There are many factors that determine whether a defendant receives bail, goes to jail, or is released on his or her own recognizance. If a person is released on his or her own recognizance or is able to post bail, they will be given a date that they must appear in court. If they fail to appear on that date, the judge will issue a bench warrant for their arrest. If they are not able to post bail, then they will remain detained in jail until the resolution of the case.

What are Miranda Rights?

Miranda rights are a warning to a person who has been arrested. It informs them of their rights during the course of the arrest. It is designed to protect the Fifth Amendment right of the person who has been arrested. The Fifth Amendment right allows a person to refuse to answer questions that may be self-incriminating.

Prior to the arrest or detention police can ask any questions they like as long as the answers they receive are voluntary and the person can stop answering questions at any time and is free to leave. Any answers provided to officers or agents prior to the arrest or detention without the Miranda warning are admissible in court.

The Miranda rights go into effect after police detain a person, and the person is no longer free to leave. Miranda rights are after the arrest but before the police speak with the person about the charges. There are various versions but they all must convey the same information to the person who is being arrested.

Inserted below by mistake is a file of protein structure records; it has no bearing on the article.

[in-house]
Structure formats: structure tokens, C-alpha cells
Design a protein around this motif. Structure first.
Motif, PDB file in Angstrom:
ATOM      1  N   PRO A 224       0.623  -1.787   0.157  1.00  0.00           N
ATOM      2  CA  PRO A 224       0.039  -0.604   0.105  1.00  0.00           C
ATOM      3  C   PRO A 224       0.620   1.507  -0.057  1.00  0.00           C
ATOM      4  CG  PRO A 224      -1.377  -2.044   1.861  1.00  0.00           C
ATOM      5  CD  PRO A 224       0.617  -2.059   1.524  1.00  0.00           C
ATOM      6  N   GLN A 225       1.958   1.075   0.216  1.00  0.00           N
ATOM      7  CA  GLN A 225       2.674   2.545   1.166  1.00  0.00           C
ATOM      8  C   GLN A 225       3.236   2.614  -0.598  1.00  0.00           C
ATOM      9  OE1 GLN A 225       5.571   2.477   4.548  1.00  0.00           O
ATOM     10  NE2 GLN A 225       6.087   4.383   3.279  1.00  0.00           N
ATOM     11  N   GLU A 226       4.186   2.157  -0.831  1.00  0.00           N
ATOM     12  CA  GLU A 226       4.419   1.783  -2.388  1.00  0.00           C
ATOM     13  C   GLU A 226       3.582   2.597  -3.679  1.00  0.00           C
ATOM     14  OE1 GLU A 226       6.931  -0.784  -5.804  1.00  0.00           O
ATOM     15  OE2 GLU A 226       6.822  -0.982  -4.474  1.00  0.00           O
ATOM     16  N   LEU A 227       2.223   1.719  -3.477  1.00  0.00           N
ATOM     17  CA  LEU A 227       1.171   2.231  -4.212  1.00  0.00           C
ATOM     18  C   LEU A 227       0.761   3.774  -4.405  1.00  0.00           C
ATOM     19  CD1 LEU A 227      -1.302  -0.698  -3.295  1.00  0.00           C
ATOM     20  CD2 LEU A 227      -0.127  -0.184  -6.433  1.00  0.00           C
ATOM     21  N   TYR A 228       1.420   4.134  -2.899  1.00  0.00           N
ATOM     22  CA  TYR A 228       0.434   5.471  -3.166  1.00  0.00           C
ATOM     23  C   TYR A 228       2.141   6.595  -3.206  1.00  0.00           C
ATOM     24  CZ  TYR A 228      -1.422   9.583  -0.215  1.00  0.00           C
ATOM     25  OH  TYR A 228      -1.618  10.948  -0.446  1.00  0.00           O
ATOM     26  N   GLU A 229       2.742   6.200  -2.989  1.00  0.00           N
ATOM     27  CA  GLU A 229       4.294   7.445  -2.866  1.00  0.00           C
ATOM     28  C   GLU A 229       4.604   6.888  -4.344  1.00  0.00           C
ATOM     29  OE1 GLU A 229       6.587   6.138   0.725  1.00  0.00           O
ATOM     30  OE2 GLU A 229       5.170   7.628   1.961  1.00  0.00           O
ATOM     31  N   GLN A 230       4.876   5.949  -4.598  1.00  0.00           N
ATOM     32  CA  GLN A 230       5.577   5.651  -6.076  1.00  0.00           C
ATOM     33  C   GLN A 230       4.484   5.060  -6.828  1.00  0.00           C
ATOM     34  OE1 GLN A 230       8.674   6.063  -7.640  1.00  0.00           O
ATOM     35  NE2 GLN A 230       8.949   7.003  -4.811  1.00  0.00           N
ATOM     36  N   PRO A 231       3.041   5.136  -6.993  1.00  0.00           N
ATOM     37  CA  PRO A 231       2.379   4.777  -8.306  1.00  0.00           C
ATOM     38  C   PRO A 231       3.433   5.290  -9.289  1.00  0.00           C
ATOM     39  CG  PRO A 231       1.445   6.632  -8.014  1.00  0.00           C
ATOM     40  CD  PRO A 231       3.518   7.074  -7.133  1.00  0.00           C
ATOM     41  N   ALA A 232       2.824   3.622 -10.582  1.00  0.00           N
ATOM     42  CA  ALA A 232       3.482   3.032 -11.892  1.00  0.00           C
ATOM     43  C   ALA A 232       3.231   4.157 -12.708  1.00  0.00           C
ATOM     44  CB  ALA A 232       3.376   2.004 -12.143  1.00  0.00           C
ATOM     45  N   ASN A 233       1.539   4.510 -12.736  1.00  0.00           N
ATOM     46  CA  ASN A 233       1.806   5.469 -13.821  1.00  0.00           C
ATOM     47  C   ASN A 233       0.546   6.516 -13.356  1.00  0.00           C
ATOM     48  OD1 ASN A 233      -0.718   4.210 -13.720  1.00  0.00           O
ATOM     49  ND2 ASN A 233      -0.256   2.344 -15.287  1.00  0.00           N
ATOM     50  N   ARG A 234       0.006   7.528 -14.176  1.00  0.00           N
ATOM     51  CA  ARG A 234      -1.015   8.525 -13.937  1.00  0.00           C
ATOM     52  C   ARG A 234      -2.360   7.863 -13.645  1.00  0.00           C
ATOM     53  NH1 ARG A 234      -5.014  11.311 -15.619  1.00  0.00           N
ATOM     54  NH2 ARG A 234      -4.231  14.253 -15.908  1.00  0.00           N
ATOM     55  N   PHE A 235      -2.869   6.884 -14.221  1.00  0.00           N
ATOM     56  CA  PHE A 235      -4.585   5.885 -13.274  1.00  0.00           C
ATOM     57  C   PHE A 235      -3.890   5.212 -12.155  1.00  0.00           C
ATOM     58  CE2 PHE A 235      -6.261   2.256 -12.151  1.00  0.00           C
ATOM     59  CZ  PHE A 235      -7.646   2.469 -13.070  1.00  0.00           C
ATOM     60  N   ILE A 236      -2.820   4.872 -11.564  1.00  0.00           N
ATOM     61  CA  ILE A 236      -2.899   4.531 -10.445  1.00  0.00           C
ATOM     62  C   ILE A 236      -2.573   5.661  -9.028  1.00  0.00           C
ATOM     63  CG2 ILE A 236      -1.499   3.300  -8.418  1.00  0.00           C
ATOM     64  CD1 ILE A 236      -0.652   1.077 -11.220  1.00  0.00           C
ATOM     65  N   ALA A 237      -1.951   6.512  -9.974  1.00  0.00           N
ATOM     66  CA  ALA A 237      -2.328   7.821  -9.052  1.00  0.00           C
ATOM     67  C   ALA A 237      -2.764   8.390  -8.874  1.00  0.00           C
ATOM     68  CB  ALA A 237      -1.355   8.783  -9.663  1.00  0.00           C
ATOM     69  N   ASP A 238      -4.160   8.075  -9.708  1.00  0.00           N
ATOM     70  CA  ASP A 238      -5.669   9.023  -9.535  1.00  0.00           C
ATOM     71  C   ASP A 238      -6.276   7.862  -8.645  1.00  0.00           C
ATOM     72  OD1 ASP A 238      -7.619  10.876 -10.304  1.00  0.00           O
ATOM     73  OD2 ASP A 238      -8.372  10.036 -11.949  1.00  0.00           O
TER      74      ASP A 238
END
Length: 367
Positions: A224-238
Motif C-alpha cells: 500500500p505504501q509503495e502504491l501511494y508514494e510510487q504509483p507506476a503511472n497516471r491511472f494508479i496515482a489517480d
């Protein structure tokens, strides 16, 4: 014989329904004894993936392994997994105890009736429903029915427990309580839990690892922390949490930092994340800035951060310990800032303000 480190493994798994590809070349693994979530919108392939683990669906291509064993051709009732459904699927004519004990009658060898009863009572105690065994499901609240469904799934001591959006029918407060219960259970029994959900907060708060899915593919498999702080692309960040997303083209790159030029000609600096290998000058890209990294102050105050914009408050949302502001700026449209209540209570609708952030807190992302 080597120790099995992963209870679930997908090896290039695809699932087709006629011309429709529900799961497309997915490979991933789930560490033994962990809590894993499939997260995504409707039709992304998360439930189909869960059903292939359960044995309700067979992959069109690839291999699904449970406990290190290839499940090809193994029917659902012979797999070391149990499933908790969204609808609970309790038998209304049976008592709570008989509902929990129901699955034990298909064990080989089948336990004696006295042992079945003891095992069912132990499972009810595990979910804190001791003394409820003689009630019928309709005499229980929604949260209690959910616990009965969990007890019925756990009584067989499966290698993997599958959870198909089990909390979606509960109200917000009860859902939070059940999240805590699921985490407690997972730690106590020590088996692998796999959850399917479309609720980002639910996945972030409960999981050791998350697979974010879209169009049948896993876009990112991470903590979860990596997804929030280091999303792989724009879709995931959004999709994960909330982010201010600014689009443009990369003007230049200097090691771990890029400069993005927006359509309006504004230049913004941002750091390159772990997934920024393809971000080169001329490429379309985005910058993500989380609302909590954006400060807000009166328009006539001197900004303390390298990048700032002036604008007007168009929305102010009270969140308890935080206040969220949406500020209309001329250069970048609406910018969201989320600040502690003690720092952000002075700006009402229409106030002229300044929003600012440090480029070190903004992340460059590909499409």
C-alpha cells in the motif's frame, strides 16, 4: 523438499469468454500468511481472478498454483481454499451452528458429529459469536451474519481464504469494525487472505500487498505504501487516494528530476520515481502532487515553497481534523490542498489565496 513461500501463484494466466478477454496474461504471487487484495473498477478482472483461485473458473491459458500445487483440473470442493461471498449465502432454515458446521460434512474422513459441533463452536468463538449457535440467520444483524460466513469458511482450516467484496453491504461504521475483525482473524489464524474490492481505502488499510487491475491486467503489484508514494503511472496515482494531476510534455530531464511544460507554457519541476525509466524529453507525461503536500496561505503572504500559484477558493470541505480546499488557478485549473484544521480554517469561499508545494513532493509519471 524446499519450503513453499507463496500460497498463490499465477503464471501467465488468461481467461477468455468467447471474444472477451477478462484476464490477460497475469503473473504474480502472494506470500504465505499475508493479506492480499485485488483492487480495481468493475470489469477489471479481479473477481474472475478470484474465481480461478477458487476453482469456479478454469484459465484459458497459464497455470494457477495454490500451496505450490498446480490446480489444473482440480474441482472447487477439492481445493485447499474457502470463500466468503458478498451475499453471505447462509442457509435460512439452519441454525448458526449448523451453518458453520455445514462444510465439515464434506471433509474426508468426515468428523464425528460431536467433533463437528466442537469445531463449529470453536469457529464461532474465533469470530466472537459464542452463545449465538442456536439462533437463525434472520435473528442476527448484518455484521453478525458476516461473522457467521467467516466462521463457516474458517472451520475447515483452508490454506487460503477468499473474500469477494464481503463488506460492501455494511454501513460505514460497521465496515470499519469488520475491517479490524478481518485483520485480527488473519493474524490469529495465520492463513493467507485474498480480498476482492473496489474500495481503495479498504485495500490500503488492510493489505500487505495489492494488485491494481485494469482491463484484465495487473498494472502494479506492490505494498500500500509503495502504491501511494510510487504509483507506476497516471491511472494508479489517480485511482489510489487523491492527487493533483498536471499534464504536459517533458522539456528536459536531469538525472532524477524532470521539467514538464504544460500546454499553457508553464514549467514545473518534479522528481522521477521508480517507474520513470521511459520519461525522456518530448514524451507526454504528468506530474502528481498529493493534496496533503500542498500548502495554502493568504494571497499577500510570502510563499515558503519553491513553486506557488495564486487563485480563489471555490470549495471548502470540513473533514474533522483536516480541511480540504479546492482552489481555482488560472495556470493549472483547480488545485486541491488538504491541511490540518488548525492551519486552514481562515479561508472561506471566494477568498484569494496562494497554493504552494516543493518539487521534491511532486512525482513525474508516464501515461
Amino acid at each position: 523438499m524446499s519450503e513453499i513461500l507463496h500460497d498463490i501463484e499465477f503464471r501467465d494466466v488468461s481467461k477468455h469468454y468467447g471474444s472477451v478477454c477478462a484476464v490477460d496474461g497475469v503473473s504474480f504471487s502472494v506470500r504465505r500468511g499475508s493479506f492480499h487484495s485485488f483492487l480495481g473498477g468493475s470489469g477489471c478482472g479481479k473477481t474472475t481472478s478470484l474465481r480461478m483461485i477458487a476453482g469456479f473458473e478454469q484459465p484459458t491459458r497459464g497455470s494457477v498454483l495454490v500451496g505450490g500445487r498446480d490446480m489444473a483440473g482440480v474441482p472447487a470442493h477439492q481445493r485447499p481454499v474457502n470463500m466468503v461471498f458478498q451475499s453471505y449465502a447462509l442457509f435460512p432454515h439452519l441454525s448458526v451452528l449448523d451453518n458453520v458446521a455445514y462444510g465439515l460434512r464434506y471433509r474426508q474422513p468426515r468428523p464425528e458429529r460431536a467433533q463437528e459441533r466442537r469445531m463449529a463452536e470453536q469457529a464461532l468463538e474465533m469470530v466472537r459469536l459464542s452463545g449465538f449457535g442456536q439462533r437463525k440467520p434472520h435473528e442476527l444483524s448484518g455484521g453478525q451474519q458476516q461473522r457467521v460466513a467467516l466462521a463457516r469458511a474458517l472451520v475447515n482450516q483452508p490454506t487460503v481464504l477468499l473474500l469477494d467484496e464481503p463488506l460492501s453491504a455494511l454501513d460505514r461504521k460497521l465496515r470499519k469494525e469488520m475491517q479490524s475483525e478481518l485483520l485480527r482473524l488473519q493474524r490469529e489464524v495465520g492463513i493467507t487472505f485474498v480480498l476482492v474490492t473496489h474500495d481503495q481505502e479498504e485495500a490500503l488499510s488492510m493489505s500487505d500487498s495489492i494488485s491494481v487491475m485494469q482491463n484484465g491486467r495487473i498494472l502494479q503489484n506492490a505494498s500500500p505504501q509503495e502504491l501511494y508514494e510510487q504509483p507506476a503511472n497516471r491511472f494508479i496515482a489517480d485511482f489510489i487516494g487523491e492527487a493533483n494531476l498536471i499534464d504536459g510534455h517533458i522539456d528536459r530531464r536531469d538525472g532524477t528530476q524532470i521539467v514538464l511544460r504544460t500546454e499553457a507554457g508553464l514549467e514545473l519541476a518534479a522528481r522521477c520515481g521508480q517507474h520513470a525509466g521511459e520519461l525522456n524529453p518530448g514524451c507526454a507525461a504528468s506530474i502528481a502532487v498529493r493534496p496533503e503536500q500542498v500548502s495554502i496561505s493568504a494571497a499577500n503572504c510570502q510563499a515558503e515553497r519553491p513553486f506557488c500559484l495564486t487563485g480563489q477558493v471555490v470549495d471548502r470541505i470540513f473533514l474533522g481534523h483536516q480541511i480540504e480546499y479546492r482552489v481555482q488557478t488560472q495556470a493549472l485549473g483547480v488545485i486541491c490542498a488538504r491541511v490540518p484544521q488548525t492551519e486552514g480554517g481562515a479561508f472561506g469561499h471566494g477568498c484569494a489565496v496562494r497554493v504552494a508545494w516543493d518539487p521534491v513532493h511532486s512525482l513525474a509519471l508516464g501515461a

The standard version of the Miranda rights:

“You have the right to remain silent. Anything you say can and will be used against you in a court of law. You have a right to an attorney. If you cannot afford an attorney, one will be appointed for you.”

What to do if You are Arrested

If you are arrested, there are several things that you need to do. This will put you in the best position possible to resolve your case and deal with the charges against you.

  • Keep your cool – Getting upset, angry, scared, or panicked won’t help you at all. In fact, it will probably only make things worse for you. Close your mouth, calm yourself down, and do as you are told. If you have a tendency to talk when you are nervous, do whatever you must to keep from talking. Voluntary or spontaneous statements justifying why you committed the crime or anything you did regarding the crime can be used at trial. So, take deep breaths in through your nose and out through your mouth, focus on your breathing and nothing else – that will help you calm down. But know this: You have the right to ask for an attorney.